Thursday, November 20, 2014

How Location Data Can Change Search

It feels like it has been the "Year of Mobile" for the past five years, with bloggers just like myself claiming this is the year consumers will shift and advertisers will finally provide users with the experience they are looking for when searching on a mobile device.
The issue is, technology continues to develop at a rate that not all advertisers can keep up with. But in some cases, advertisers need a little help, and the companies we advertise through can help us get there.

How Location Data Can Change Search

We all have mobile devices and we all expect to be served results based on our query when using Google or Bing. But with their goal being to provide us with the best user experience possible, what more can they do for us? We’ve had updates like Hummingbird that help with semantic search; we have had changes to algorithms to finally show us relevant results when we search for queries like "restaurants near me," as shown below.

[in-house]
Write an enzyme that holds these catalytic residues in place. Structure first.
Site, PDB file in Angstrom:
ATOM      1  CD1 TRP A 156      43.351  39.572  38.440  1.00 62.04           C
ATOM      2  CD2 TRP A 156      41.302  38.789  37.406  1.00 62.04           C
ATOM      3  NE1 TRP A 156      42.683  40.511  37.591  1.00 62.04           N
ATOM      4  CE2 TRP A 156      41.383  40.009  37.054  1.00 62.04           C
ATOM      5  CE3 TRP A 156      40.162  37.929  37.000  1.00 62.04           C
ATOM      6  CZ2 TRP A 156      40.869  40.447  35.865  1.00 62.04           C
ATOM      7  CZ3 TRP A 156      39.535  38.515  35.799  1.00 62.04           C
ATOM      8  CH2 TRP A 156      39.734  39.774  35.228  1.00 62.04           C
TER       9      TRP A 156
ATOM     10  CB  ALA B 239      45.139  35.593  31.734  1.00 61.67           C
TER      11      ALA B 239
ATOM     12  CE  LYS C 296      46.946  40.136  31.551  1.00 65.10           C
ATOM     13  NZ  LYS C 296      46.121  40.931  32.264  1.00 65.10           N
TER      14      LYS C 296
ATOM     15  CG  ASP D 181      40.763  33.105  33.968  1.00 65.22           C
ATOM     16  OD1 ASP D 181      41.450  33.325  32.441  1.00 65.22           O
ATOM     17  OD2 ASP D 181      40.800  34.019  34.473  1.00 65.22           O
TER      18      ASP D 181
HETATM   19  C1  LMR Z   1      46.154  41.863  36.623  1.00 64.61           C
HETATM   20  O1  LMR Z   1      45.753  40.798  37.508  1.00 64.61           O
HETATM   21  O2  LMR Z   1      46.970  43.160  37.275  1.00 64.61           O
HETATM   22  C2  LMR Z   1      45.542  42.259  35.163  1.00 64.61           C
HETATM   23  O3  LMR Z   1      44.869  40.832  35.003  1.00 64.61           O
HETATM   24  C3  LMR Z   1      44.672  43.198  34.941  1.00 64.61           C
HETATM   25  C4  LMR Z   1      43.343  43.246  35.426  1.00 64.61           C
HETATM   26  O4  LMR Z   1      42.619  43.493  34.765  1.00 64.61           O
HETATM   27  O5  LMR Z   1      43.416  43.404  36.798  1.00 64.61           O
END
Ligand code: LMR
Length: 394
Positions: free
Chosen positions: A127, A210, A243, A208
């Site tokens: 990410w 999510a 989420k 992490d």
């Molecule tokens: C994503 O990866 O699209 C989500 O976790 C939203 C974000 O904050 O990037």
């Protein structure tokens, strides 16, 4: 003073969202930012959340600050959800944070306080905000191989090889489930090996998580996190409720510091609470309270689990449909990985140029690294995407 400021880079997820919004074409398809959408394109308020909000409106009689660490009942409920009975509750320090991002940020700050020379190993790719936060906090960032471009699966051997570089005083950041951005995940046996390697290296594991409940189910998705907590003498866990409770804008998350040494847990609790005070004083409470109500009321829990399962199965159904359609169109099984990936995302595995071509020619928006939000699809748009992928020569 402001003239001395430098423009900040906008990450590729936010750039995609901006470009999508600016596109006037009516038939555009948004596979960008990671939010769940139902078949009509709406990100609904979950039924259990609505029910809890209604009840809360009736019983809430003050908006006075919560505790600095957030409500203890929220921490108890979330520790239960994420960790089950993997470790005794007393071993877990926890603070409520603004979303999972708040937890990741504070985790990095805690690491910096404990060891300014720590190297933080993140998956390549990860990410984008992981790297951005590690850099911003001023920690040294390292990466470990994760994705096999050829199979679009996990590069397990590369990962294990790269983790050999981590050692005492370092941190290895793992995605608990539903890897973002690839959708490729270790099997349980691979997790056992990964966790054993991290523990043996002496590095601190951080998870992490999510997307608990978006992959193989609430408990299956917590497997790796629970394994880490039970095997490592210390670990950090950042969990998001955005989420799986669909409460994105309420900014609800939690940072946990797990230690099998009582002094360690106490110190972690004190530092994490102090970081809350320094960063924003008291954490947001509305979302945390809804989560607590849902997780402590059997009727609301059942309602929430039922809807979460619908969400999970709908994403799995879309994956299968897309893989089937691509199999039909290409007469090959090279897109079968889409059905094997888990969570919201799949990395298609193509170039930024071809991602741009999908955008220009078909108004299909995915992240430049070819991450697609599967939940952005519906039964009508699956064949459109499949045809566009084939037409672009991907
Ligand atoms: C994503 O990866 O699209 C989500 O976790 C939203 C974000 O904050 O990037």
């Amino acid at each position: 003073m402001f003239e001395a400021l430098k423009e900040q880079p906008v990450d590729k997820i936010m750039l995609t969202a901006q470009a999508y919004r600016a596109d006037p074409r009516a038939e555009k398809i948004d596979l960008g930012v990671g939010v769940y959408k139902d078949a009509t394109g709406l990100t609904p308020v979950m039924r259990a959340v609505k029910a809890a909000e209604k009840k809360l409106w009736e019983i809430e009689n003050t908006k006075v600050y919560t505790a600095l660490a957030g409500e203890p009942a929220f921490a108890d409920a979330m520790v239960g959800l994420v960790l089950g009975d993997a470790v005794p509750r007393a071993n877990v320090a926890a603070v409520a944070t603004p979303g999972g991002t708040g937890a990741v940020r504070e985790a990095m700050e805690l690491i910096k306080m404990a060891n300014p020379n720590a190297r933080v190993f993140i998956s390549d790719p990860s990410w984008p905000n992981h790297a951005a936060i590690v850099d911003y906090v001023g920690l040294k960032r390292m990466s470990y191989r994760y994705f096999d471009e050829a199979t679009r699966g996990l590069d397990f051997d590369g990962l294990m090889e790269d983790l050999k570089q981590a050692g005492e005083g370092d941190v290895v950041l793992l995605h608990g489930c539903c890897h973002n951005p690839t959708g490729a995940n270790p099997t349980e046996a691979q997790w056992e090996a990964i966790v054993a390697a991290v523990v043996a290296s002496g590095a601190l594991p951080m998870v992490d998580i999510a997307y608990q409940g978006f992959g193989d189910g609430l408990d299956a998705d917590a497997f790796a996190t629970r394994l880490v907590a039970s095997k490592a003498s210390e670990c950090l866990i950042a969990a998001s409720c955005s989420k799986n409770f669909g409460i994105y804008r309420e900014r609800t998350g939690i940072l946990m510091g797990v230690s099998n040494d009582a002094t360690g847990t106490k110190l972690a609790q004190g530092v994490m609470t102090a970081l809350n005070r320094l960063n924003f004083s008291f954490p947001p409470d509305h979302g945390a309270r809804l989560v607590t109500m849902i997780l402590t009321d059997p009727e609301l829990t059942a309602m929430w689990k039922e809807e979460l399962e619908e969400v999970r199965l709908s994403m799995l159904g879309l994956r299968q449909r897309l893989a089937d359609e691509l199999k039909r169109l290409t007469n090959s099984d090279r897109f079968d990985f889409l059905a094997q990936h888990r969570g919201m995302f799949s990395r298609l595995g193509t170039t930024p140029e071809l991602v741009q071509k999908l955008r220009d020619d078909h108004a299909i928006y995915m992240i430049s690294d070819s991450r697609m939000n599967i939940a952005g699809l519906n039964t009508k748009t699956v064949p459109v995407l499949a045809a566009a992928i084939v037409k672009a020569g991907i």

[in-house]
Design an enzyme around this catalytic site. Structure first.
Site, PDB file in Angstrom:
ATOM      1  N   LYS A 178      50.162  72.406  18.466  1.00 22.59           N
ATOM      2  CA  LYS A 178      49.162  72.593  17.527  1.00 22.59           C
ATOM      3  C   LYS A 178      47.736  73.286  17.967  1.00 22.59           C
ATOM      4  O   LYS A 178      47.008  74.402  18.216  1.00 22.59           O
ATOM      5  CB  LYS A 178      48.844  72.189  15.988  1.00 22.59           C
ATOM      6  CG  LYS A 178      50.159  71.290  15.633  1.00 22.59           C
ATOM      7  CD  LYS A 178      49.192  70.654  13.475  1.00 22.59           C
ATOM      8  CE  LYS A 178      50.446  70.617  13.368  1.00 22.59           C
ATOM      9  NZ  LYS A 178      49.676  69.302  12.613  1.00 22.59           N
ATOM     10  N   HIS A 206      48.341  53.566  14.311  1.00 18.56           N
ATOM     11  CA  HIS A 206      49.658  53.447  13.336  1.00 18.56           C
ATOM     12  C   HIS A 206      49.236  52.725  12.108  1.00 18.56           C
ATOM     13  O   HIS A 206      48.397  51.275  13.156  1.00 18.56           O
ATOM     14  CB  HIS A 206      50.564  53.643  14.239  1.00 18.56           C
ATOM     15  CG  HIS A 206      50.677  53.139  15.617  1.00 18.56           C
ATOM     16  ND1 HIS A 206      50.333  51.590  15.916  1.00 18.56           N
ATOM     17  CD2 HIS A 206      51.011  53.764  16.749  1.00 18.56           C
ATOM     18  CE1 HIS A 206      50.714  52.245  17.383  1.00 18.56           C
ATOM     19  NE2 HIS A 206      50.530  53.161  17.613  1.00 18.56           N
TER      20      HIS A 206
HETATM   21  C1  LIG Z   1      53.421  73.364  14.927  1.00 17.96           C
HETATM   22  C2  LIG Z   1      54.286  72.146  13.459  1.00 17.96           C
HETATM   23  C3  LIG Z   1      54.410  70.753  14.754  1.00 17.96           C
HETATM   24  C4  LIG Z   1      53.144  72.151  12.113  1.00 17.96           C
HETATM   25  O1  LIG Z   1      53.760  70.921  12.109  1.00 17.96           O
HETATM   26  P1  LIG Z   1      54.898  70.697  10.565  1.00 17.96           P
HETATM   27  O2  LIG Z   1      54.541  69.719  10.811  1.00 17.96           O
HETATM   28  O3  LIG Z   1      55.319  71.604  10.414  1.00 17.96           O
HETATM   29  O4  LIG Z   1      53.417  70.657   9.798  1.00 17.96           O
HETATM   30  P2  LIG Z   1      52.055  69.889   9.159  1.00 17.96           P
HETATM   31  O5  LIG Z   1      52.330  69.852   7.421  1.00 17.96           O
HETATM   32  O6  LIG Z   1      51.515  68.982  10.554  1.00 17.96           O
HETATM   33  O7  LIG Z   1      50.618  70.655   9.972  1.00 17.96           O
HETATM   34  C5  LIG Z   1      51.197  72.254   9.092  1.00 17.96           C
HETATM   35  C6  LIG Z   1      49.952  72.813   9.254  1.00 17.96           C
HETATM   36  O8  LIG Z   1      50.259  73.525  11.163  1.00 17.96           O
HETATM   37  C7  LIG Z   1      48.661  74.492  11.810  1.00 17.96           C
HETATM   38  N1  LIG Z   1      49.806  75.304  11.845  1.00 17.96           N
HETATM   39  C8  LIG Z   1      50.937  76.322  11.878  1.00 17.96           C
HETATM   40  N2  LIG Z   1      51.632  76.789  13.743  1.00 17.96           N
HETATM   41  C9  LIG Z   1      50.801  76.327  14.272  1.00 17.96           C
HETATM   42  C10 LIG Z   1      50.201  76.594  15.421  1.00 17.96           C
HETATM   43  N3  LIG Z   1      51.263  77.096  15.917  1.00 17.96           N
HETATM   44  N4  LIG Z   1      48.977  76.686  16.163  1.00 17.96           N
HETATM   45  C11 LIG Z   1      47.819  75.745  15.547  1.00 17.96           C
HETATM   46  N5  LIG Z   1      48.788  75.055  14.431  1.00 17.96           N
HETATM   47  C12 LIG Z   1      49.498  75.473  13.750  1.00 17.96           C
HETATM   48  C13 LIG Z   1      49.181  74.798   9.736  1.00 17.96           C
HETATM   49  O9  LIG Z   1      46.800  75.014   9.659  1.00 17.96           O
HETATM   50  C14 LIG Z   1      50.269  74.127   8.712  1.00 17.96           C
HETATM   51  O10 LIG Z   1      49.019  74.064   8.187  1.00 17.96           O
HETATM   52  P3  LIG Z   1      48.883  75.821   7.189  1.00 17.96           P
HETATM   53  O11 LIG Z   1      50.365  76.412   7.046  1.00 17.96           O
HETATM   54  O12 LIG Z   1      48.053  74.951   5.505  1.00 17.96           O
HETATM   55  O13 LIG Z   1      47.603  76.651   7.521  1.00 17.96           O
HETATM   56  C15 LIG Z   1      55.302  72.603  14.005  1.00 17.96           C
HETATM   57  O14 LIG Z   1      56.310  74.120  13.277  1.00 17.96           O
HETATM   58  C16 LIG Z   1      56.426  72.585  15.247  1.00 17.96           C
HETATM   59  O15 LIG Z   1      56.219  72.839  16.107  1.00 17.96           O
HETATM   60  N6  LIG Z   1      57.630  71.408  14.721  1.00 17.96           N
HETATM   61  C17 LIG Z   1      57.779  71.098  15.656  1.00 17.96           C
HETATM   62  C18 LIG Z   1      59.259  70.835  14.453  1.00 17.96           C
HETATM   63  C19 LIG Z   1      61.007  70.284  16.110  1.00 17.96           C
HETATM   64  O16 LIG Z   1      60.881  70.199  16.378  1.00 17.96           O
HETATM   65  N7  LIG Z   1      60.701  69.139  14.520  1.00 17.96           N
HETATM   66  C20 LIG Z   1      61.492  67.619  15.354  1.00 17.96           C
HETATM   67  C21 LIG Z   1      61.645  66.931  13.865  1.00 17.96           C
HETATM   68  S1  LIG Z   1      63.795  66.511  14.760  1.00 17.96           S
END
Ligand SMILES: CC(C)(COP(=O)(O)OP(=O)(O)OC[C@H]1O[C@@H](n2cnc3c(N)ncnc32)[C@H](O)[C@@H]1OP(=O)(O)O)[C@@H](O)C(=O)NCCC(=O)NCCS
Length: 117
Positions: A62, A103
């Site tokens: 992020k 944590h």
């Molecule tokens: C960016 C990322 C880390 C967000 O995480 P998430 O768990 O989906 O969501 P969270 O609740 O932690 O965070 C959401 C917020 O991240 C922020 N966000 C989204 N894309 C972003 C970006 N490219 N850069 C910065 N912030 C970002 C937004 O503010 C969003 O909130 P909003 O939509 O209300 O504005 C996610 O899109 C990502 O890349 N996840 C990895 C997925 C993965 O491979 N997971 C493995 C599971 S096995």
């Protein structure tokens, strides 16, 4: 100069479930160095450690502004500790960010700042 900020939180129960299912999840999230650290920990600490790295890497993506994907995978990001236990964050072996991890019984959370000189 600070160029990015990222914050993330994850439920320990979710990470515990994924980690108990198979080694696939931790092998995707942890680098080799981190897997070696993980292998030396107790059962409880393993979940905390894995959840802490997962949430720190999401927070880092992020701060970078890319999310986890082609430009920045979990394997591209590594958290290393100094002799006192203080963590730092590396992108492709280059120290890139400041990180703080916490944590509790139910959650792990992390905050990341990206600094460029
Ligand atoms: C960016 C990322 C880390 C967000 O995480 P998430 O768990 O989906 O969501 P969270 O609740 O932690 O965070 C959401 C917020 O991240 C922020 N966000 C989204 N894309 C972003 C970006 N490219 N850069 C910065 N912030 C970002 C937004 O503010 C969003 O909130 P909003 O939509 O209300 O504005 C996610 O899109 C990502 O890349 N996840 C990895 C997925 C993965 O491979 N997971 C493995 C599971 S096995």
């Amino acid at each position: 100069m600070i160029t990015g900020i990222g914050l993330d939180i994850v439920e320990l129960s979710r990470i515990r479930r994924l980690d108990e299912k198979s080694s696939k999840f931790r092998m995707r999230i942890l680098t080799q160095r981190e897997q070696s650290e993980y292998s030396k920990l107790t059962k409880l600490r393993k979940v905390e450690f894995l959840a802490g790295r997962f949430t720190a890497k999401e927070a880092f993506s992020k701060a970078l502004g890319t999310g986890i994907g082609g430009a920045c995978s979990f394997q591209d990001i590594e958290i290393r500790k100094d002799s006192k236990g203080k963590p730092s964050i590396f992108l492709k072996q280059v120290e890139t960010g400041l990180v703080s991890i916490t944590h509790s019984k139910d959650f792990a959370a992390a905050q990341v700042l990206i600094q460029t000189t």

serp-screenshot
So how can Google and Bing improve this experience even more? By leveraging location data from our mobile devices.
Companies like Pulse IQ, xAd, ThinkNear, and others are all leveraging location data in ways we are mostly not able to combine with search yet. Not only are they targeting users on their mobile devices based on where they are now, but they are also looking at past geographic locations, determining the context of their visit, and making ad placements decisions based on user behavior.
While Google and Bing are not there yet with this functionality, for certain advertisers, being able to understand where a user has been and how long they were there could be extremely powerful data to take advantage of. For example, if you happen to be a large auto manufacturer such as BMW, if you could geo-map all Mercedes-Benz and Lexus dealerships, then serve an BMW ad directly to any user who had visited two locations during one day, you would be serving an ad to someone who is aggressively searching for a luxury automobile. Right now, through the companies mentioned above, traditional mobile ads can be served based on where a user has been.
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